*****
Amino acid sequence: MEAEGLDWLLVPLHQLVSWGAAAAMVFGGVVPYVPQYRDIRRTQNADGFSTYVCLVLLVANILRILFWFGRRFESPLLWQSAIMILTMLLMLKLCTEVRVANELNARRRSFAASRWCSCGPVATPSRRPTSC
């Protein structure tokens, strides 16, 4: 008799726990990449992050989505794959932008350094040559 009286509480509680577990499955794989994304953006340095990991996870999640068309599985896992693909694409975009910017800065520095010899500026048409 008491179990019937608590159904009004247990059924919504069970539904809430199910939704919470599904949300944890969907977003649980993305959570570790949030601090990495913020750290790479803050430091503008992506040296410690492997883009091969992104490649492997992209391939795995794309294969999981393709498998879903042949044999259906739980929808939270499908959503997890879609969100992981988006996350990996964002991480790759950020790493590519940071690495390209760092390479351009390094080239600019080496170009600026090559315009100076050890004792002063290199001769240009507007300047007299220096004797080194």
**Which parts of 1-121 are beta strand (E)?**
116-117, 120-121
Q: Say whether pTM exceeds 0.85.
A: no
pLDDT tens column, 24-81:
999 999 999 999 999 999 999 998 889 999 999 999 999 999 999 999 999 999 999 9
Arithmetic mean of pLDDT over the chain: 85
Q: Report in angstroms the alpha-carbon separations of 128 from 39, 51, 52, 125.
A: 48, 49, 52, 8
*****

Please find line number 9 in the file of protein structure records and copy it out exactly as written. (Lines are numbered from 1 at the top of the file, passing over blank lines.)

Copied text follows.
Arithmetic mean of pLDDT over the chain: 85